As the credits rolled on Uncharted 4: A Thief’s End, I was internally beaming at the fact that Naughty Dog have stated that they will not be making another Uncharted game. This isn’t to say that Uncharted 4 doesn’t hit the mark – it does in nearly every single aspect – but due to the fact that they have wrapped up Nathan Drake’s story and the characters that inhabit his world in the most pitch-perfect way that it would do them a disservice to return to it.
We reconvene with Nate and Elena as they are trying to make a go of living a normal life. “Are you happy?” Elena asks Nate as they lay on the couch after playing video-games and eating noodles. Although he says that he is, all signs point to the fact that a life of normality just isn’t for Nathan Drake. If he isn’t treasure hunting then he isn’t doing what he truly loves, just merely existing. Just as Nate has resigned himself to a normal life, his presumed-dead brother Sam appears out of nowhere and presents Nate with an opportunity to return to the life he had thought he had left behind.
Almost every aspect of this game improves on what has come before it, creating the best Uncharted game to date. The story is the best it has ever been, focusing on the hunt for a long-lost pirate treasure which leads Drake from the frosty mountain-tops of Scotland to the lush plains of Madagascar and everywhere between. The story forgoes any of the heavily admonished supernatural elements evident in the previous games in favour of a more grounded story. I was heavily invested in and cared about the goings on in a way which I hadn’t always done in previous Uncharted games, so much so that I was taking the time to read every document and item description in order to garnish more details about the fate of the pirate captain Henry Avery and his men. Although slightly overlong and drawn out in the latter stages, the story excels, and coupled with the perfectly pitched, more introspective character moments, you have a swashbuckling tale worthy of any medium – the perfect send off to Playstation’s leading man.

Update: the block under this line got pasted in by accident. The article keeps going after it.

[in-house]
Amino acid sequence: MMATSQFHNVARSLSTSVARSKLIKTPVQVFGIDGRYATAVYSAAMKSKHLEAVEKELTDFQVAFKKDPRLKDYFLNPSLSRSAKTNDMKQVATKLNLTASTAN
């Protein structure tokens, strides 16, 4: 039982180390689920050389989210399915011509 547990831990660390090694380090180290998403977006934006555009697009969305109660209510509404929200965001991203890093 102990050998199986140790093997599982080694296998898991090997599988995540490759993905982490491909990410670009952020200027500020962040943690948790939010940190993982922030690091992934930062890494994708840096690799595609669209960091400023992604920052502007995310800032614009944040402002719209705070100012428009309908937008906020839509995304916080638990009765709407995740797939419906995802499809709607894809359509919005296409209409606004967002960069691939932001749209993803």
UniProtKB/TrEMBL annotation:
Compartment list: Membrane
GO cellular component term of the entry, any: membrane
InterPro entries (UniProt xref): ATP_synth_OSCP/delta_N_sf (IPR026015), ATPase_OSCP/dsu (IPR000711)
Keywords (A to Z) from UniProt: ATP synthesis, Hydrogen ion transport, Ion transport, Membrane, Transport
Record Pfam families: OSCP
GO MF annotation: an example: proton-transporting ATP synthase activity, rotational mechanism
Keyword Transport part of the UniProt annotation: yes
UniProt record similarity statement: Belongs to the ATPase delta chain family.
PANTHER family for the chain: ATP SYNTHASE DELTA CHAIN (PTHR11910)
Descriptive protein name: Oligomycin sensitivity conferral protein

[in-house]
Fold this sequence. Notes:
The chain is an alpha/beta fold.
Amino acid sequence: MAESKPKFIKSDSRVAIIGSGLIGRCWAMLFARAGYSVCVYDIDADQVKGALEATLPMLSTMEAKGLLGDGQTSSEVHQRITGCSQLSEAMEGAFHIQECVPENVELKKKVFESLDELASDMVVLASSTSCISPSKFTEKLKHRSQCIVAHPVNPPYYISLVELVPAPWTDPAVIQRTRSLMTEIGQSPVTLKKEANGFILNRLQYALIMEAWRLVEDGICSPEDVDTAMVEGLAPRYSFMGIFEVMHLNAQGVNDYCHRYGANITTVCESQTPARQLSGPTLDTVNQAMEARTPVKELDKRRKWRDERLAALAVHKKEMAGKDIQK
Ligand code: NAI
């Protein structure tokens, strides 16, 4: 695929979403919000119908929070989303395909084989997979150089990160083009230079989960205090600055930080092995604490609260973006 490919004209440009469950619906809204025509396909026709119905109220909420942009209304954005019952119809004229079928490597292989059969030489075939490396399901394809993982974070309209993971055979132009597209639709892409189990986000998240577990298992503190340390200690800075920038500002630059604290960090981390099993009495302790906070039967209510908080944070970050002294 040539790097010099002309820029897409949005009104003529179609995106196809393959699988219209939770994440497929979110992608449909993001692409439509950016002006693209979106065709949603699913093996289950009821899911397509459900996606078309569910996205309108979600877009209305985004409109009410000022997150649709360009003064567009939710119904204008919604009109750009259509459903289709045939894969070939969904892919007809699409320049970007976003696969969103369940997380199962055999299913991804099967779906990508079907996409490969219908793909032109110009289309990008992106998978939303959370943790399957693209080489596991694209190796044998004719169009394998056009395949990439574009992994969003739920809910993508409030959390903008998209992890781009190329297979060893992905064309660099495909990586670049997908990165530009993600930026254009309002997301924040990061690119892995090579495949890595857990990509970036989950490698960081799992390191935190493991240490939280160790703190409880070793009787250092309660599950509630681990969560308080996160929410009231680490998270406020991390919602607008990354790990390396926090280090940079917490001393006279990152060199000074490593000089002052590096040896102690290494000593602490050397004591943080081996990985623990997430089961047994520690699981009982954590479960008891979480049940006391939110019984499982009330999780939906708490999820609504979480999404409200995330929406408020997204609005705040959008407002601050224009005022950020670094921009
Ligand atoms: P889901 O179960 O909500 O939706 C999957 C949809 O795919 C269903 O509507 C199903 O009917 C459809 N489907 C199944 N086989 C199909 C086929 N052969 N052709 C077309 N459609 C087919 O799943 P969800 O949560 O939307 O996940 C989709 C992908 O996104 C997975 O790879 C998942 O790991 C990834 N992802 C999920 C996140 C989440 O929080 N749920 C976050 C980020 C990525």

Mechanically speaking, the gunplay is better than ever, a feature of Uncharted games which is routinely criticised. I’ve never really had an issue with it myself, and here it feels great, and used in conjunction with the new rope swinging mechanics just feels downright fun. Leaping off a ledge away from an explosion and grasping a rope to swing round a cliff face before dropping onto an enemy, crushing your fist into his face and catching his shotgun as it pops up into the air will never not be fun, and it’s in these moments that make Uncharted special. The action set-pieces are fantastic also, rivalling those of Uncharted 2 and 3, most notably a terrific sequence involving a jeep coarsing through the cobbled streets of a coastal Madagascan town.
It would be unfair to come all this way and not mention the fact that I think Uncharted 4 is the best looking game I’ve ever played. That may sound like hyperbole, but every aspect of the visuals are outstanding. The animations and facial expressions allow for a greater depth of storytelling and an unmatched level of performance capture, whilst the environments are expansive yet intricately detailed. It’s no wonder that some people are saying that Uncharted 4 is the best argument against the heavily rumoured announcement of an upgraded PS4.
In all, Naughty Dog have created yet another masterpiece, sending Nathan Drake off into the sunset in the most beautiful fashion. Now it’s time to wait and see what they have in store for us next, and be it The Last Of Us 2 or something entirely new, it’s sure to be of the highest standard if their track record is anything to go by.